5. U.S. Patent Application No. 07/205,189 filed June 10, 1988, as well as all continuation and divisional applications, and issued and pending foreign counterparts [HHS Ref No. E-136-2007];

6. U.S. Patent Application No. 60/625,321 filed November 5, 2004, as well as all continuation and divisional applications, and issued and pending foreign counterparts [HHS Ref. No. E-138-2007]; and

7. U.S. Patent Application No. 07/340,052 filed April 18, 1989, as well as all continuation and divisional applications, and issued and pending foreign counterparts [HHS Ref. No. E-147-2007].

The patent rights in these inventions have been assigned to the United States of America.

The prospective exclusive license territory may be worldwide and the field of use may be use of Licensed Patent Rights for development of therapeutics for human cancers. The field of use will specifically exclude prostate cancer, melanoma and colorectal cancer. For the avoidance of doubt, delivery formulations shall specifically exclude canary poxvirus vectors, NYVAC, non-viral eukaryotic expression vectors and recombinant yeast vectors in all geographic territories.

DATES:

Only written comments and/or applications for a license which are received by the NIH Office of Technology Transfer on or before May 3, 2010 will be considered.

ADDRESSES:

Requests for copies of the patent application, inquiries, comments, and other materials relating to the contemplated exclusive license should be directed to: Sabarni K. Chatterjee, Ph.D. Licensing and Patenting Associate, Cancer Branch, Office of Technology Transfer, National Institutes of Health, 6011 Executive Boulevard, Suite 325, Rockville, MD 20852-3804; Telephone: (301) 435-5587; Facsimile: (301) 435-4013; E-mail: chatterjeesa@od.nih.gov.

End Preamble Start Supplemental Information

SUPPLEMENTARY INFORMATION:

Cancer immunotherapy is a recent approach where tumor associated antigens (TAAs), which are primarily expressed in human tumor cells, and not expressed or minimally expressed in normal tissues, are employed to generate a tumor-specific immune response. Specifically, these antigens serve as targets for the host immune system and elicit responses that results in tumor destruction. The initiation of an effective T-cell immune response to antigens requires two signals. The first one is antigen-specific via the peptide/major histocompatibility complex and the second or “costimulatory” signal is required for cytokine production, proliferation, and other aspects of T-cell activation.

The patents and patent applications describe a vaccine technology, TRICOM, in conjunction with tumor associated antigens (TAAs). The TRICOM technology employs avirulent poxviruses to present a combination of costimulatory signaling molecules with tumor-associated antigens (TAAs) to activate T-cells and break the immune systems tolerance towards cancer cells. This is achieved using recombinant poxvirus DNA vectors that encode both T-cell costimulatory molecules and TAAs. The combination of the three (3) costimulatory molecules B7.1, ICAM-1 and LFA-3, hence the name TRICOM, has been shown to have more than the additive effect of each costimulatory molecule when used individually to optimally activate both CD4+ and CD8+ T cells. When a TRICOM based vaccine expressing TAAs is administered it greatly enhances the immune response against the malignant cells expressing those TAAs. By changing the TAAs used for immunization with TRICOM vaccines, immune responses can be generated to diverse types of cancers. The versatility of the vector-based TRICOM based vaccine is that it allows, including several TAAs, to help maximize the effectiveness. Transgenes reflecting alterations of TAAs can also be inserted into TRICOM based vaccines to further enhance immunogenicity. The addition of the two well-known TAAs, carcinoembryonic antigen (CEA) and MUC-1 to the TRICOM vector results in the PANVAC vaccine, which is used in a prime and boost vaccine strategy. It is well established that the overexpression of these two (2) TAAs are associated with the presence of a variety of carcinomas; therefore PANVAC can potentially be effective against a range of tumor types.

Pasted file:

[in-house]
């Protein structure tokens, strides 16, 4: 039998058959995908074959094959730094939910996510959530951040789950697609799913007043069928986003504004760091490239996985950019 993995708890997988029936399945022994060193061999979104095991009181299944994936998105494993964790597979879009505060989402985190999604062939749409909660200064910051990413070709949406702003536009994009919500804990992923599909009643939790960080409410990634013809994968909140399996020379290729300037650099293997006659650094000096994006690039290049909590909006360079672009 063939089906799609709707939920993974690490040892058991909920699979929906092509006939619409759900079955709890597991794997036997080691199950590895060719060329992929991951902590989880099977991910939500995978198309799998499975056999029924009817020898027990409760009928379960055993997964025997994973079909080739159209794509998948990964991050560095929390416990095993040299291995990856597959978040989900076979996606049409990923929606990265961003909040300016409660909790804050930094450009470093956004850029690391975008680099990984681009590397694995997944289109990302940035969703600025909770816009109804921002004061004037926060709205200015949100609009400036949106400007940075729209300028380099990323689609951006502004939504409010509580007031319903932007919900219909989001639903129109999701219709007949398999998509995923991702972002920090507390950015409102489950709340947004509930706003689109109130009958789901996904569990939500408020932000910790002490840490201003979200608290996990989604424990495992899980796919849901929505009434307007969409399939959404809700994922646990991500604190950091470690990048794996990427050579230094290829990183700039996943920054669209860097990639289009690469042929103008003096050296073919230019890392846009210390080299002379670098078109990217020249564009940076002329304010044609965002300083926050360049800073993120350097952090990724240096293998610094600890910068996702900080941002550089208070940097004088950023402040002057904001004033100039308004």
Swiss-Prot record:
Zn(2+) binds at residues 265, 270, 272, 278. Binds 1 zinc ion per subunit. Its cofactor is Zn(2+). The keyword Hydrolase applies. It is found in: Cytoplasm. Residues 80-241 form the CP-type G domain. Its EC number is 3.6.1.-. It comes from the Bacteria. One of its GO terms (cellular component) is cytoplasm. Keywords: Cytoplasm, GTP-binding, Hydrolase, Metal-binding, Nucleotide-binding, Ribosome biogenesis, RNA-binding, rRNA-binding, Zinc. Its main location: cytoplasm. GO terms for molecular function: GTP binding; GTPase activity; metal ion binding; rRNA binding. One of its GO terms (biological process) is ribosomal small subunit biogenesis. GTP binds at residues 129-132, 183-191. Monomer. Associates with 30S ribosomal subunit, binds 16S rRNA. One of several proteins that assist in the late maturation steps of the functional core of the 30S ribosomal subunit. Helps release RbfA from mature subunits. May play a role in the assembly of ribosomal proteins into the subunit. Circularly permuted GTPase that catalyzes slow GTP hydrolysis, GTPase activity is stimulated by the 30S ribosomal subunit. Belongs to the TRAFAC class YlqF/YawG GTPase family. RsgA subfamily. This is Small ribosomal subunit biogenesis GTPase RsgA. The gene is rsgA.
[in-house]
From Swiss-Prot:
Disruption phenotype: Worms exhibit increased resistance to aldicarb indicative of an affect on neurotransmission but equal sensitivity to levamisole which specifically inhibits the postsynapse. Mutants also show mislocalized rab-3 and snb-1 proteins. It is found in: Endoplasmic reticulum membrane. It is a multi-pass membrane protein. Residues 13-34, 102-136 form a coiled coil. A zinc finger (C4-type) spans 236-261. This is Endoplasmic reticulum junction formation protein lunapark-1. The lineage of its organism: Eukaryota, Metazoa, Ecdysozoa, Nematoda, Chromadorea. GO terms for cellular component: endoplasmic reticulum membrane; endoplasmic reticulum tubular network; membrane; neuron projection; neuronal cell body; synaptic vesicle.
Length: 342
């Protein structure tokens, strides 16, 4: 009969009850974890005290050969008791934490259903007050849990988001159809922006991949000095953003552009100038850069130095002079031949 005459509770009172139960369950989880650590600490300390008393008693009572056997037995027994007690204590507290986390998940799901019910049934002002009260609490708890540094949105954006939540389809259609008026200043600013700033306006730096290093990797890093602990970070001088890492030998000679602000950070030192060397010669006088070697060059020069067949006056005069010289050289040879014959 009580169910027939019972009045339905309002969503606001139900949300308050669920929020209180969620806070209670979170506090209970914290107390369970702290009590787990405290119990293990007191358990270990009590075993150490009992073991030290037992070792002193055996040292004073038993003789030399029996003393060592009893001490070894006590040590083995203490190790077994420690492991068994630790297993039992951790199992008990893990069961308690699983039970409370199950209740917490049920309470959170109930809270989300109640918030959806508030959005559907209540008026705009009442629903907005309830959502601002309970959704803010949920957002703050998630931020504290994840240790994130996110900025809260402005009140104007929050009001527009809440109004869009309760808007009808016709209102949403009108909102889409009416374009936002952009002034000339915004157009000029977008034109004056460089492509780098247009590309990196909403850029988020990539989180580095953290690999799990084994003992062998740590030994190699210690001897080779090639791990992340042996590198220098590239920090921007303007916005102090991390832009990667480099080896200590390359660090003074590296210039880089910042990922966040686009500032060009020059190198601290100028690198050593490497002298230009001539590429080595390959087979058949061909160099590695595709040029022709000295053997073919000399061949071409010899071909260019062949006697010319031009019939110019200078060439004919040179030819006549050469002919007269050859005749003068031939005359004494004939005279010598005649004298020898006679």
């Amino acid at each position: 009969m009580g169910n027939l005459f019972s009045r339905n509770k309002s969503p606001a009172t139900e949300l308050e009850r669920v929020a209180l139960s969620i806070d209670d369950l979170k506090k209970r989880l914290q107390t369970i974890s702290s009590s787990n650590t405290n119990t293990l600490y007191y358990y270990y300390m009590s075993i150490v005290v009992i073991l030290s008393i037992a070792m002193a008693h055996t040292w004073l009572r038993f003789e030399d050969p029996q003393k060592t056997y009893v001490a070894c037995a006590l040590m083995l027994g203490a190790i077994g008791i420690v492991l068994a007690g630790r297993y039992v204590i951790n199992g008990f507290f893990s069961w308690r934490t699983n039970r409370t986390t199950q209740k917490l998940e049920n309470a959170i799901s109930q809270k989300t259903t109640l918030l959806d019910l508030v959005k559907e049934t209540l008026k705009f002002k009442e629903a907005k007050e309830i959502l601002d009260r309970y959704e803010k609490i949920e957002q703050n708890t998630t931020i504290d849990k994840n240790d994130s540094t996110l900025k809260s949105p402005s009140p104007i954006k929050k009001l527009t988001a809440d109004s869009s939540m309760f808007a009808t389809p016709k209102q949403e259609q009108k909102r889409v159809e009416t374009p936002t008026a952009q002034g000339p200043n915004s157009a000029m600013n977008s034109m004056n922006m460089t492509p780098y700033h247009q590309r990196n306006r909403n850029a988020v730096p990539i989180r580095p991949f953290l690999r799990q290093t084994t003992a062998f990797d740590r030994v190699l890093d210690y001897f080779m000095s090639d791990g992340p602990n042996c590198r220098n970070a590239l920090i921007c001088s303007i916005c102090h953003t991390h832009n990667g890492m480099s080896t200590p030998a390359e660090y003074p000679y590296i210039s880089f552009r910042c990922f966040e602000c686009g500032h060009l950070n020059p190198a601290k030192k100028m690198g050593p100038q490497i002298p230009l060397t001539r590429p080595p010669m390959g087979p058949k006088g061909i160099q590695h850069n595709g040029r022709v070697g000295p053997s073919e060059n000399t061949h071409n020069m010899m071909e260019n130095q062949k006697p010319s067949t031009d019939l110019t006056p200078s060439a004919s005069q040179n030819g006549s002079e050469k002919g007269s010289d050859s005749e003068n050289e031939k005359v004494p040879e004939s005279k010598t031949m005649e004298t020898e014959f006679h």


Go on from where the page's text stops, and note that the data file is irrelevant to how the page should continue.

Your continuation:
Additionally, new TAAs are being continually identified. One such example is the antigen Brachyury. Although Brachyury has been well known for its role in developmental cell biology, it has recently been implicated in tumor cell invasion and metastasis. Pre-clinical data indicates that Brachyury is aberrantly expressed on tumors of the lung, intestine, stomach, kidney, bladder, uterus, ovary, and testis, and in chronic lymphocytic leukemia. When used in combination with costimulatory molecules, it can effectively activate T-cells to kill tumors cells that originated from above mentioned tumors. Therefore, as one example, Brachyury combined with TRICOM also has potential as a cancer immunotherapy for the treatment of several tumors.

The prospective exclusive license will be royalty bearing and will comply with the terms and conditions of 35 U.S.C. 209 and 37 CFR 404.7. The prospective exclusive license may be granted unless within thirty (30) days from the date of this published notice, the NIH receives written evidence and argument that establishes that the grant of the license would not be consistent with the requirements of 35 U.S.C. 209 and 37 CFR 404.7.

Applications for a license in the field of use filed in response to this notice will be treated as objections to the grant of the contemplated exclusive license. Comments and objections submitted to this notice will not be made available for public inspection and, to the extent permitted by law, will not be released under the Freedom of Information Act, 5 U.S.C. 552.

Start Signature

Dated: March 26, 2010.

Richard U. Rodriguez,

Director, Division of Technology Development and Transfer, Office of Technology Transfer, National Institutes of Health.

End Signature End Supplemental Information

[FR Doc. 2010-7341 Filed 3-31-10; 8:45 am]

BILLING CODE 4140-01-P